Tomlin orders are a form of consent order which stay the proceedings on terms that have been agreed and set out in a separate document, usually a schedule to the sealed order.
Particular provisions within the sealed order itself, which will often be very concise, are directly enforceable. These may include:-
- An order that the proceedings have been stayed on the terms agreed (except for the purpose of enforcing those terms)
- An order that the parties have permission to apply to the court to enforce the terms set out in the schedule (without the need to issue new proceedings)
The agreed terms in the schedule to the order do not form part of the wording of the order itself and, therefore, they cannot be directly enforced as an order of the court. The schedule exists as a binding contract between the parties. An application within the same proceedings would be required to enforce the agreed terms.
Any order for the payment of money or in respect of costs should appear in the order itself, and not in the schedule.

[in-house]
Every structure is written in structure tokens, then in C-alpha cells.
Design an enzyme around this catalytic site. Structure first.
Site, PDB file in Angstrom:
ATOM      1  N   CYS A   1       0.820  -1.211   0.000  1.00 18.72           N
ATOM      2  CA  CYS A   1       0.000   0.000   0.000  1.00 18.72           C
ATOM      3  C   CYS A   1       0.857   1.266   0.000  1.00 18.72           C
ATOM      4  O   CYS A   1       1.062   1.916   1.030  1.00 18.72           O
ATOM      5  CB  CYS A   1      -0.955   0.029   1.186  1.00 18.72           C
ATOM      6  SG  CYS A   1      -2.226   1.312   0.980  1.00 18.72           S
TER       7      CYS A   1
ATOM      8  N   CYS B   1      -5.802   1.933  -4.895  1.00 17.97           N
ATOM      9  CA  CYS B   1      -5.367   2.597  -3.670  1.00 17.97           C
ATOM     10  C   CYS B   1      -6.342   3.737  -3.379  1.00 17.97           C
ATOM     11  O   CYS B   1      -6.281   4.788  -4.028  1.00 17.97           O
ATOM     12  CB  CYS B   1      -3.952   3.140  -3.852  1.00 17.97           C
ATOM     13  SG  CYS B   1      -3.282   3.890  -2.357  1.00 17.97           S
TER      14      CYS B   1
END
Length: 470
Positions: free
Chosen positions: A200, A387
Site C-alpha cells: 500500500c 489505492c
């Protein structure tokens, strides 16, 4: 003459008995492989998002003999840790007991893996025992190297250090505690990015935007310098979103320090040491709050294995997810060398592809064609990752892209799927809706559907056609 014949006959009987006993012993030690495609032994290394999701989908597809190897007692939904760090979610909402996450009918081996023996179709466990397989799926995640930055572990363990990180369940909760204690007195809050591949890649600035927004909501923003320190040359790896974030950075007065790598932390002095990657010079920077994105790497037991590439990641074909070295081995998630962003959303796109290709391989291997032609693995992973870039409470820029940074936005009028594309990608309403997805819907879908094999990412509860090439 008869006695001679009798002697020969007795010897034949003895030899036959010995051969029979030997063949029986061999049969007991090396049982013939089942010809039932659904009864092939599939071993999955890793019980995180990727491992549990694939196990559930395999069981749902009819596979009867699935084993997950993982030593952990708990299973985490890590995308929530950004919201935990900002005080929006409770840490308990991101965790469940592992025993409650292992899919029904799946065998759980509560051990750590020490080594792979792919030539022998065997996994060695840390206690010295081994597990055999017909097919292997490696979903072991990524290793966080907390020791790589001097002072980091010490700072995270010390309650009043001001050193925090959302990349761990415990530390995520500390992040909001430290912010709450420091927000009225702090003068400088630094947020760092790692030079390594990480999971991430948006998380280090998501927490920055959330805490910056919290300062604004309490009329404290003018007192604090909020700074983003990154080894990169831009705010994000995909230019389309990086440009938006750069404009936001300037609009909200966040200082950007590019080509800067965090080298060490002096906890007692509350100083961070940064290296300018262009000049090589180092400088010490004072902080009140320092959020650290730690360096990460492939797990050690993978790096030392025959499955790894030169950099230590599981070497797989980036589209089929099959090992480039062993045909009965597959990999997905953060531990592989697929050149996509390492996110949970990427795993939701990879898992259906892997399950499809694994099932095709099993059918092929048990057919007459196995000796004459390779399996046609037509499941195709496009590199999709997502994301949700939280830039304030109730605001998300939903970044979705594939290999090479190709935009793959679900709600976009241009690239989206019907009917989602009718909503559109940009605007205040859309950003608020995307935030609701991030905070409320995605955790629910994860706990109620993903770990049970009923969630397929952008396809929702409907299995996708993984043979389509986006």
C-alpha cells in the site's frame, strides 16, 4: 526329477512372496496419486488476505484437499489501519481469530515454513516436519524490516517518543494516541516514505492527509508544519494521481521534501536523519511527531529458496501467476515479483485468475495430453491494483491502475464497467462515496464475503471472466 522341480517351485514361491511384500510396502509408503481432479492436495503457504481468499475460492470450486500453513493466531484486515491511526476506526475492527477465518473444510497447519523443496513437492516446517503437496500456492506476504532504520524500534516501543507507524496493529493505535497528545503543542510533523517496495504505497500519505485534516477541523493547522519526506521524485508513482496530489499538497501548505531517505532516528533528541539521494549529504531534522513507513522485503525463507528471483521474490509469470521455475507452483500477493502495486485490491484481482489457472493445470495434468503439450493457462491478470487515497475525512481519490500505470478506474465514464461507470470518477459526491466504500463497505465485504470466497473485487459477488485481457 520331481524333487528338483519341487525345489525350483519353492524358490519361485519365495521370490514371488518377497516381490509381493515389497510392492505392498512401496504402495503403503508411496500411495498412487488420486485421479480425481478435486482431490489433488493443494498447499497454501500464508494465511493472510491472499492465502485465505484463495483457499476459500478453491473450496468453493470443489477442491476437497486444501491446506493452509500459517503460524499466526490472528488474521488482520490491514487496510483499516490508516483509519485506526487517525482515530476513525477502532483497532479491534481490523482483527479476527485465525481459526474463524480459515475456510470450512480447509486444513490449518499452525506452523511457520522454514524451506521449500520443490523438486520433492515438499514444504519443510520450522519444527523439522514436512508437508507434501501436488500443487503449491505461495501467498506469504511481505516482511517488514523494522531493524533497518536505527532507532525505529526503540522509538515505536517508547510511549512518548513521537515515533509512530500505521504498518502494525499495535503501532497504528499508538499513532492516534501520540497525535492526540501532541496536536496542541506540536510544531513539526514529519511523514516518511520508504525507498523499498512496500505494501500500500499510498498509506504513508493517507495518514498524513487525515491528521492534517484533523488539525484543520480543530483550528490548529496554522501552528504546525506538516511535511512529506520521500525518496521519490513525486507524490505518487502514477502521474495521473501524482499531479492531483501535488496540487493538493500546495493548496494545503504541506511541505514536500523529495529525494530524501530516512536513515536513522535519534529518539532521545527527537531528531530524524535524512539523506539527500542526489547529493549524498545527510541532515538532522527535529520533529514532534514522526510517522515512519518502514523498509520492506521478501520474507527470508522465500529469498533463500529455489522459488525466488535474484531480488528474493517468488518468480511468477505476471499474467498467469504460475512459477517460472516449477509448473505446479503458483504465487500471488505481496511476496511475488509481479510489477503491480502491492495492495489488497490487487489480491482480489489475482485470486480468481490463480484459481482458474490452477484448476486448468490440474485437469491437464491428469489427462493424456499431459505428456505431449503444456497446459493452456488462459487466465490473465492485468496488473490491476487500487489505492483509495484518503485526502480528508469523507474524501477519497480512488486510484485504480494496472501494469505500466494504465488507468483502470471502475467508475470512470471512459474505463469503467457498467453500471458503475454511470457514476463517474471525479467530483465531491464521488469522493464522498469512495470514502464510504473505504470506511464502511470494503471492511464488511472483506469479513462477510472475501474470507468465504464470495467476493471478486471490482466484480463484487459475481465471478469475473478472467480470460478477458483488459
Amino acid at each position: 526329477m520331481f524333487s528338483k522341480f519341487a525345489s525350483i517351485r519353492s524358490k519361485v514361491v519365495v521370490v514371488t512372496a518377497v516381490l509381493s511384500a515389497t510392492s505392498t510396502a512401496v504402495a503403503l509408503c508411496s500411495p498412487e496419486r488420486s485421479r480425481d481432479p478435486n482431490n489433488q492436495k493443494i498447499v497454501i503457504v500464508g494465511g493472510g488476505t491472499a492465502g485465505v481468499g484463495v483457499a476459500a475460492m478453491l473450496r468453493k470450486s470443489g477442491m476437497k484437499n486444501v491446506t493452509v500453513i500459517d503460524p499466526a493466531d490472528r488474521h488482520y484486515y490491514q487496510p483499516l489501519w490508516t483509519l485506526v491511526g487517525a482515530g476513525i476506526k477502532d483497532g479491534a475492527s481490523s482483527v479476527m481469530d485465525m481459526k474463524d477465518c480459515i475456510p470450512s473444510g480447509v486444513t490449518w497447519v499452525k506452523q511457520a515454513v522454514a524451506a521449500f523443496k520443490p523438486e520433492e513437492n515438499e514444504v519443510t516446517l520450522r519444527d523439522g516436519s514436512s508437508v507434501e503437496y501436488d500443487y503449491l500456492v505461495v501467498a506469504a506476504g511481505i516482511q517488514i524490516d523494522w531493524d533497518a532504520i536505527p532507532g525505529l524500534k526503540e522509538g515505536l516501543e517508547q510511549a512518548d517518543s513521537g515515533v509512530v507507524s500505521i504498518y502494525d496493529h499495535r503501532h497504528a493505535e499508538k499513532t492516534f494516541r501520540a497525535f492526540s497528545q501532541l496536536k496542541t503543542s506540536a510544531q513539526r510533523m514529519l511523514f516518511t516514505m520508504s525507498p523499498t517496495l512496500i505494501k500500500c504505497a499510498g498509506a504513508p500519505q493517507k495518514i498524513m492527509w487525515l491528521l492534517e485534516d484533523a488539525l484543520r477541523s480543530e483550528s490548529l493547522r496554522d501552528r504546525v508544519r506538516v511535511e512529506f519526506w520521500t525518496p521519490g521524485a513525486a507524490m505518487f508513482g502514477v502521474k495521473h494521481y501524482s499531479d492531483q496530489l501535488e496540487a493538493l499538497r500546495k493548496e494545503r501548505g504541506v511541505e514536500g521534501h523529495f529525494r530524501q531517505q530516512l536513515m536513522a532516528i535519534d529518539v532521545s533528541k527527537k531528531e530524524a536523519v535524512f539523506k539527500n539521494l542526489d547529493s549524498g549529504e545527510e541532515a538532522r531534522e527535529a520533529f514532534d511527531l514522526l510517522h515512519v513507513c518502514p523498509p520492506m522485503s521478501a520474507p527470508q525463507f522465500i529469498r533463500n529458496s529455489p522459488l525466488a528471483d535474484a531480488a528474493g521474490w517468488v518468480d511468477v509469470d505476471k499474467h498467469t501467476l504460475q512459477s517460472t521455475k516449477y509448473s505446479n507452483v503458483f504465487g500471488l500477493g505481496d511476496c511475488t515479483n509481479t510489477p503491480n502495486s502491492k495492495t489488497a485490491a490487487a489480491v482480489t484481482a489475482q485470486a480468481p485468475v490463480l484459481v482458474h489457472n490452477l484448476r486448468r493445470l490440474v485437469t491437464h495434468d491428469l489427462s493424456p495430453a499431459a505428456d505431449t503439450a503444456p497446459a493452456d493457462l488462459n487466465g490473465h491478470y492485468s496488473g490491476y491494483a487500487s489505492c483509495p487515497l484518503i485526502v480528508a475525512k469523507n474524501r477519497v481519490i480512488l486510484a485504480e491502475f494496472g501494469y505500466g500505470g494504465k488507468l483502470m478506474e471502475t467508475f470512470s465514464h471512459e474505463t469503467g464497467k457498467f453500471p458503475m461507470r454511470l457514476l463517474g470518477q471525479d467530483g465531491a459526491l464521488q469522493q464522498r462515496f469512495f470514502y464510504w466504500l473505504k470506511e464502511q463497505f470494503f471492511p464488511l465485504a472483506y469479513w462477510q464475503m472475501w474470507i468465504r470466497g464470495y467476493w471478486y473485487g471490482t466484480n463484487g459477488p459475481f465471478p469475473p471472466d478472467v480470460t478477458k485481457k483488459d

Tomlin orders are particularly useful in circumstances where:-
- The agreed terms are sensitive or confidential
- The agreed terms are too complex to be recorded in a court order
- The agreed terms are outside of the normal jurisdiction of the court or the boundaries of the claim
Court orders and judgments made in public are public records which can be obtained by non-parties to the proceedings. The use of a schedule allows the parties significantly more flexibility to record terms of settlement agreed between the parties and keep those terms confidential. However, there is some uncertainty with regards to confidentiality as recent case law suggests that the court will ultimately decide whether the schedule to a tomlin order will remain confidential.